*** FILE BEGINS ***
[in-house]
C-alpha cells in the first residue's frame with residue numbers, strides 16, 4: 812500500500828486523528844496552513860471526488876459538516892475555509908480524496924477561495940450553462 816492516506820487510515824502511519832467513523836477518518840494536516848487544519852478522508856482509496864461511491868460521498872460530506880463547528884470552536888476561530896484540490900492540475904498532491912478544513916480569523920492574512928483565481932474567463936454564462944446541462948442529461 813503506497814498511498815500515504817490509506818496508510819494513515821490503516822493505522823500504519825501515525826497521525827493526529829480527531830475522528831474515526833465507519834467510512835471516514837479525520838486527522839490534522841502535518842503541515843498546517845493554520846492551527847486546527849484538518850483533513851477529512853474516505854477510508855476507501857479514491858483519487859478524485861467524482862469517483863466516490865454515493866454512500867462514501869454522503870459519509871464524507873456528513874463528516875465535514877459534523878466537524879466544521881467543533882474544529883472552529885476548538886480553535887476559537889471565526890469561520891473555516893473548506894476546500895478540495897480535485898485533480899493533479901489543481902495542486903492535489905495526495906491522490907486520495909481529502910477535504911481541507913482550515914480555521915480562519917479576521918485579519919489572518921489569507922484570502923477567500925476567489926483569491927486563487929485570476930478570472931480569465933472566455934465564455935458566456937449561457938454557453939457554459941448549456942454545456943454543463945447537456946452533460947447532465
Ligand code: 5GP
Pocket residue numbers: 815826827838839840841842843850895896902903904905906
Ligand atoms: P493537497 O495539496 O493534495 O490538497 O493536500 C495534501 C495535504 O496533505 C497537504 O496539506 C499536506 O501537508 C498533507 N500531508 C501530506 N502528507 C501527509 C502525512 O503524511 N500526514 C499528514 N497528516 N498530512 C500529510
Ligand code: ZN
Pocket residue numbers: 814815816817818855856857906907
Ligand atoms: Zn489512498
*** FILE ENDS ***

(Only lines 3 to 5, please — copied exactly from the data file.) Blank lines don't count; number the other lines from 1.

Ligand code: 5GP
Pocket residue numbers: 815826827838839840841842843850895896902903904905906
Ligand atoms: P493537497 O495539496 O493534495 O490538497 O493536500 C495534501 C495535504 O496533505 C497537504 O496539506 C499536506 O501537508 C498533507 N500531508 C501530506 N502528507 C501527509 C502525512 O503524511 N500526514 C499528514 N497528516 N498530512 C500529510